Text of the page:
Kentucky flooding death toll rises to 25, with more rain forecast for disaster areas

Hits: 18

The death toll after widespread and catastrophic flooding in eastern Kentucky has reportedly risen to 25 people. 

Kentucky Gov. Andy Beshear confirmed the grim tally in a Saturday morning tweet. 

“We’ve got some tough news to share out of Eastern Kentucky today, where we are still in the search and rescue phase,” he wrote. “Our death toll has risen to 25 lost, and that number is likely to increase.”

“To everyone in Eastern Kentucky, we are going to be there for you today and in the weeks, months and years ahead,” Beshear said. “We will get through this together.”

KENTUCKY CHILDREN DIE DURING HISTORIC FLOODING AFTER BEING SWEPT AWAY, COUSIN SAYS

Previously, the governor confirmed that at least six children were among the victims.

“In some of these areas, it’s hard to know exactly how many people were there,” he said. 

Search and rescue efforts continued on Friday, with teams backed by the National Guard. Hundreds have already been rescued, according to the governor. 

Beshear viewed the devastation from a helicopter on Friday. His initial plans to tour the disaster area had been postponed due to unsafe conditions at an airport where he was to land.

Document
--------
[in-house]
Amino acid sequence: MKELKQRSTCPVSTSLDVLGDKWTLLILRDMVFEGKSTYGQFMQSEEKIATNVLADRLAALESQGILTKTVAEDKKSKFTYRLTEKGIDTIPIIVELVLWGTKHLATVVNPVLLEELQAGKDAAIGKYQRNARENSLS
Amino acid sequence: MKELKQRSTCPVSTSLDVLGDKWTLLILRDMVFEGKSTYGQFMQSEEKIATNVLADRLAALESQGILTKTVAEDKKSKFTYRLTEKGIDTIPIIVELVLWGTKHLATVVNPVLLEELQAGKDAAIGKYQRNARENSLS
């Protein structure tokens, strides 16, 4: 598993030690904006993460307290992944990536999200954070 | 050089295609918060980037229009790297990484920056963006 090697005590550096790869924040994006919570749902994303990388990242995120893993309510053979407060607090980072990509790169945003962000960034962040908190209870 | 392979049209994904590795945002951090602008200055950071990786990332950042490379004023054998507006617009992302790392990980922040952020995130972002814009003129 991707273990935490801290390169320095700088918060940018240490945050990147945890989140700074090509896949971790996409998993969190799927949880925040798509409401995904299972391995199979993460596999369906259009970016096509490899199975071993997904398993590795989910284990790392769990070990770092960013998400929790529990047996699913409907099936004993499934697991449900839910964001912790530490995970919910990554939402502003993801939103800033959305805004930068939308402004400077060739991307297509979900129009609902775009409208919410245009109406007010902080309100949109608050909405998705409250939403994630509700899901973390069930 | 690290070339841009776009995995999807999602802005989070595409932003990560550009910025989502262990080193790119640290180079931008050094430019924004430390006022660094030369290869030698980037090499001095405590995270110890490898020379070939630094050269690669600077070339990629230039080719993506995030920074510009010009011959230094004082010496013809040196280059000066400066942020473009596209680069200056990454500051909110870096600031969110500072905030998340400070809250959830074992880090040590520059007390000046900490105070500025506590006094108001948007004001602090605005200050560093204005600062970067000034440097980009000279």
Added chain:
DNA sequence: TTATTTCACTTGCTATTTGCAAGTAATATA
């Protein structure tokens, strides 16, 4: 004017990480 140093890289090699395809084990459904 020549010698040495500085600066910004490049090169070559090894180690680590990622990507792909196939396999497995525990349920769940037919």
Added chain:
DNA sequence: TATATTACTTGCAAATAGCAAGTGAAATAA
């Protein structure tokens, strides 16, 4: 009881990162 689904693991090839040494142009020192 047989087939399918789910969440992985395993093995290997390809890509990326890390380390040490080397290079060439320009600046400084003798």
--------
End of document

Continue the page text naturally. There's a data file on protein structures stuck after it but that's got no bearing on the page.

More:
More than 330 people have sought shelter from the flooding, with homes completely underwater and vehicles trashed. 

Mudslides also impacted roadways and Beshear said parts of at least 28 state roads were blocked.

More than 17,000 Kentucky residents were still without power on Saturday morning. 

Water outages were also reported by the governor’s office, with systems in Jackson and Fleming-Neon non-operational and more than 20 other systems with limited operations.

KENTUCKY FLOODING DEATH TOLL REACHES 16 AND WILL ‘GET A LOT HIGHER,’ GOVERNOR SAYS

At least 14 counties and three cities have declared local states of emergency. 

President Biden declared a federal disaster and Federal Emergency Management Agency (FEMA) Administrator Deanne Criswell said the agency would bring whatever resources were necessary to support search and recovery efforts.

Parts of eastern Kentucky received between 8-10.5 inches over 48 hours, but some waterways were not expected to crest until Saturday.

The National Weather Service (NWS) in Jackson wrote that the area will start to dry out through the day on Saturday, but that dry weather was expected to end on Sunday afternoon.

Scientists say that extreme rain events have become more common due to climate change.

“If you’re able to hear us in Eastern Kentucky, we love you, and we’re going to make it,” Beshear said in a statement. 

“We’ve been through so much these last few years. We’re going to stand next to you, now and in the years to come. We’ll get through this together,” he pledged.

The Associated Press contributed to this report.

Read More Go To Source